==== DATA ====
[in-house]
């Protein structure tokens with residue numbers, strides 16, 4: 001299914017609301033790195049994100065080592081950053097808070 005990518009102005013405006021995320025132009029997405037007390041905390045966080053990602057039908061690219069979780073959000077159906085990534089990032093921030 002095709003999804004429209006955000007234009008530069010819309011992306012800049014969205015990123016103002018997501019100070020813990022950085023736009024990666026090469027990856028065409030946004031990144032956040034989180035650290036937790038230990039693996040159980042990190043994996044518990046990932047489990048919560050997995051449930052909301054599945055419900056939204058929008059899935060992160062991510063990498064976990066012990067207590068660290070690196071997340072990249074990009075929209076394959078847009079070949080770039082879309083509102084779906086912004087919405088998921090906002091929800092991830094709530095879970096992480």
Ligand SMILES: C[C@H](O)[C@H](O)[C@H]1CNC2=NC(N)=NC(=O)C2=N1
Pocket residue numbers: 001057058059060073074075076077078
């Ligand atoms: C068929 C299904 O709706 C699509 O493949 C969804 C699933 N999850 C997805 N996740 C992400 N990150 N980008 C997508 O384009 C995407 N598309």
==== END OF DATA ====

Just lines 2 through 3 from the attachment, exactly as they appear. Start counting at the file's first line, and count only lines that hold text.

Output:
């Protein structure tokens with residue numbers, strides 16, 4: 001299914017609301033790195049994100065080592081950053097808070 005990518009102005013405006021995320025132009029997405037007390041905390045966080053990602057039908061690219069979780073959000077159906085990534089990032093921030 002095709003999804004429209006955000007234009008530069010819309011992306012800049014969205015990123016103002018997501019100070020813990022950085023736009024990666026090469027990856028065409030946004031990144032956040034989180035650290036937790038230990039693996040159980042990190043994996044518990046990932047489990048919560050997995051449930052909301054599945055419900056939204058929008059899935060992160062991510063990498064976990066012990067207590068660290070690196071997340072990249074990009075929209076394959078847009079070949080770039082879309083509102084779906086912004087919405088998921090906002091929800092991830094709530095879970096992480």
Ligand SMILES: C[C@H](O)[C@H](O)[C@H]1CNC2=NC(N)=NC(=O)C2=N1